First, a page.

The trouble with OpenSource

It’s no secret that the world runs on open-source. From our Apache and NGinx webservers, our Ubuntu server OS’s, even our .NET and python programming languages. However, how many think that this could potentially be an issue?

Now, hear me out. I’m not some doomsayer standing on a soapbox preaching the end of the world, and I’m sure I’m not the first to write about this. This morning after arriving to work I was going through my Feedly feeds. As I was doing so I came across an interesting article. Programmer who took down open source pieces over Chef ICE contract responds

What’s the worse that could happen?

While at the surface it seems more like a politically charged article based on Chef’s contract with ICE, I personally saw something a little more. This one developer, Seth Vargo, pulled down some code, removing it from various repositories. While he was well within his rights to do so, this caused chaos for Chef. Chef was forced to shut down all commercial activities for a short period of time.

This isn’t the first story of it’s kind either. If we look back at the left-pad incident in which developer Azer Koçulu pulled down many of his packages from NPM. One of the packages he removed was left-pad, which effectively broke thousands of applications including NodeJs, Facebook, Babel, and many others.

Granted, pulling the code down as a form of protest, is one thing. In the article Vargo states he has it in his will for what to do with repositories he owns. Here’s a spoiler, it’s nothing good for the community as a whole. While I personally would have any of mine transferred to another developer, here is what he has to say:

My will requests all my social media and code accounts be deleted.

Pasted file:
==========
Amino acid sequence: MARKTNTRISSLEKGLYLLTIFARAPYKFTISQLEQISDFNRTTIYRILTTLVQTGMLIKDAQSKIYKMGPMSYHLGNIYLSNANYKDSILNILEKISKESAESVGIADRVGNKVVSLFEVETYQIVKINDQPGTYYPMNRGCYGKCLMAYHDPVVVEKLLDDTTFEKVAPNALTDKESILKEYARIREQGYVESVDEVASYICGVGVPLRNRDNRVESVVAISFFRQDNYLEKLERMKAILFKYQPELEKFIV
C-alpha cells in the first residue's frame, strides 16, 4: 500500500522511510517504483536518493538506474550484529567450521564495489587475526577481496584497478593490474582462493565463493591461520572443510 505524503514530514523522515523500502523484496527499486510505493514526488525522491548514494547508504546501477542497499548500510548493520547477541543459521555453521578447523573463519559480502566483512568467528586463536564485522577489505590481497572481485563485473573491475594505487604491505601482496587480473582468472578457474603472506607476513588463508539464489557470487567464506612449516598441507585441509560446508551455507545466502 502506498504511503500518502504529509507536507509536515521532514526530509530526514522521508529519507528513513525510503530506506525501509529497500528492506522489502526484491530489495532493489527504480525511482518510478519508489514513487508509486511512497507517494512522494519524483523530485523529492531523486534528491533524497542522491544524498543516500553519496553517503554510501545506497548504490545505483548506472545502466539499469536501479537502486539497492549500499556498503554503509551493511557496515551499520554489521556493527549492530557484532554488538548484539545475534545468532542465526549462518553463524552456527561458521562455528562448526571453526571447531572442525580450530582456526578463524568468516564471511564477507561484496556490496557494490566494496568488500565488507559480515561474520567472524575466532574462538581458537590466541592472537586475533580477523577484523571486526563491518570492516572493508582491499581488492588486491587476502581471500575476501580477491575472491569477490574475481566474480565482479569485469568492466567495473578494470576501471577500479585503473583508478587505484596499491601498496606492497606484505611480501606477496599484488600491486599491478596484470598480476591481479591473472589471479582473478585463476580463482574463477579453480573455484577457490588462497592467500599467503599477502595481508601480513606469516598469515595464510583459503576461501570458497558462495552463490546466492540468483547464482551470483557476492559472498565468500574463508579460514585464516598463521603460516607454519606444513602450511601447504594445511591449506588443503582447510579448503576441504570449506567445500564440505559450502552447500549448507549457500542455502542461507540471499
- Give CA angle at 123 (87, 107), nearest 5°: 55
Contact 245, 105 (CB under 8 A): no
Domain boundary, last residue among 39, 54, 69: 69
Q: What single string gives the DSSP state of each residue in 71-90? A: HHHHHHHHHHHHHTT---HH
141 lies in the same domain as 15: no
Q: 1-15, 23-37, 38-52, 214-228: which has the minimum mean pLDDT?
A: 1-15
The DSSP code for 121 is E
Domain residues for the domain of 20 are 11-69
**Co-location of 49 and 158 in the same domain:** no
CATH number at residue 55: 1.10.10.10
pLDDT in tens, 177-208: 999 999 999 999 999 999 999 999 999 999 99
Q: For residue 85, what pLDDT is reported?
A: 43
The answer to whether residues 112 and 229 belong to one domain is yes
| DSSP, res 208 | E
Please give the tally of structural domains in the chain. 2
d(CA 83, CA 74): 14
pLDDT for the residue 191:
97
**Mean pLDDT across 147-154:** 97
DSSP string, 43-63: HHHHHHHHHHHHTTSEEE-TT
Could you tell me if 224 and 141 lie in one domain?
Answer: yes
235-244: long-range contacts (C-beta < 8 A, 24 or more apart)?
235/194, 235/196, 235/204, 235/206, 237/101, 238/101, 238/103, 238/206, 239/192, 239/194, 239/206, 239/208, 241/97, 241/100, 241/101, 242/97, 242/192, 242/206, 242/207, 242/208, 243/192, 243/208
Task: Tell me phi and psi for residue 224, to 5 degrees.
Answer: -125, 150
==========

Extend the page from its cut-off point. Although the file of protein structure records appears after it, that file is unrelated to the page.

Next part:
https://techcrunch.com/2019/09/23/programmer-who-took-down-open-source-pieces-over-chef-ice-contract-responds/

Depending on what projects depends on his software this could result in hundreds to thousands of dollars in damages to various companies. I am not demonizing this action, again he is well within his rights, but this goes to show how fragile the open-source ecosystem can be. I am sure many other developers have the same written into their wills.

A word of warning

This blog post is really more a word of warning, but below are a few steps I feel could limit the number of damages should a maintainer of something you rely on decides to pull the plug:

  • Watch what you pull in
    • Try to limit the number of dependencies your project relies on, and keep an eye on what they depend on as well.
  • Draft and maintain business policies for any open-source software you bring into your projects.
    • At a minimum, you should know all of your open-source dependencies
  • Keep backups!
    • Fork repos that you use heavily and regularly to ensure you have a backup should they get pulled

While I am not advocating for the return of the closed-source era, just be aware of the risks involved using free software, and take actions to mitigate any negative consequences.

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